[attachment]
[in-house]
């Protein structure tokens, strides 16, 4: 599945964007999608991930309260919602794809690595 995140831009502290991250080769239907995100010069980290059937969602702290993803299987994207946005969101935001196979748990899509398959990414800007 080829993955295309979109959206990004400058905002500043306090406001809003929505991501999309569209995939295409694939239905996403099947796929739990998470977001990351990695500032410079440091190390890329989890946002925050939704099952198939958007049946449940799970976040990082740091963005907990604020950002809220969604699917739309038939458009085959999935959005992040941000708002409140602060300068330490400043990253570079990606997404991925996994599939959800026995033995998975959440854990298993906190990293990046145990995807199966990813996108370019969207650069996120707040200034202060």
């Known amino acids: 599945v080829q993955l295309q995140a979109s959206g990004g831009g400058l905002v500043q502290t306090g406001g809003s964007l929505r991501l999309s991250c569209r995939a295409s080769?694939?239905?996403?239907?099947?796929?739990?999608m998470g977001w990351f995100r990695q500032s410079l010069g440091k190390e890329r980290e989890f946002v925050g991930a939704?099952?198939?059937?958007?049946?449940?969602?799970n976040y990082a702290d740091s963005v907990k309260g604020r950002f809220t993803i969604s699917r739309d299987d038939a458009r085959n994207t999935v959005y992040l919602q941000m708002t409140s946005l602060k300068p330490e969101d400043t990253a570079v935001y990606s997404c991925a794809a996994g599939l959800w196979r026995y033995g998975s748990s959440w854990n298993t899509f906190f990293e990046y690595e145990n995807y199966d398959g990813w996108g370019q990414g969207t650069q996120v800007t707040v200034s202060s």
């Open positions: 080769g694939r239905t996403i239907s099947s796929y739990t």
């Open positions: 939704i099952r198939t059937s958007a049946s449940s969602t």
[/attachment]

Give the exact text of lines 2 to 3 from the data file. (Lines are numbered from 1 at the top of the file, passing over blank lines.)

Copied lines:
């Protein structure tokens, strides 16, 4: 599945964007999608991930309260919602794809690595 995140831009502290991250080769239907995100010069980290059937969602702290993803299987994207946005969101935001196979748990899509398959990414800007 080829993955295309979109959206990004400058905002500043306090406001809003929505991501999309569209995939295409694939239905996403099947796929739990998470977001990351990695500032410079440091190390890329989890946002925050939704099952198939958007049946449940799970976040990082740091963005907990604020950002809220969604699917739309038939458009085959999935959005992040941000708002409140602060300068330490400043990253570079990606997404991925996994599939959800026995033995998975959440854990298993906190990293990046145990995807199966990813996108370019969207650069996120707040200034202060």
């Known amino acids: 599945v080829q993955l295309q995140a979109s959206g990004g831009g400058l905002v500043q502290t306090g406001g809003s964007l929505r991501l999309s991250c569209r995939a295409s080769?694939?239905?996403?239907?099947?796929?739990?999608m998470g977001w990351f995100r990695q500032s410079l010069g440091k190390e890329r980290e989890f946002v925050g991930a939704?099952?198939?059937?958007?049946?449940?969602?799970n976040y990082a702290d740091s963005v907990k309260g604020r950002f809220t993803i969604s699917r739309d299987d038939a458009r085959n994207t999935v959005y992040l919602q941000m708002t409140s946005l602060k300068p330490e969101d400043t990253a570079v935001y990606s997404c991925a794809a996994g599939l959800w196979r026995y033995g998975s748990s959440w854990n298993t899509f906190f990293e990046y690595e145990n995807y199966d398959g990813w996108g370019q990414g969207t650069q996120v800007t707040v200034s202060s």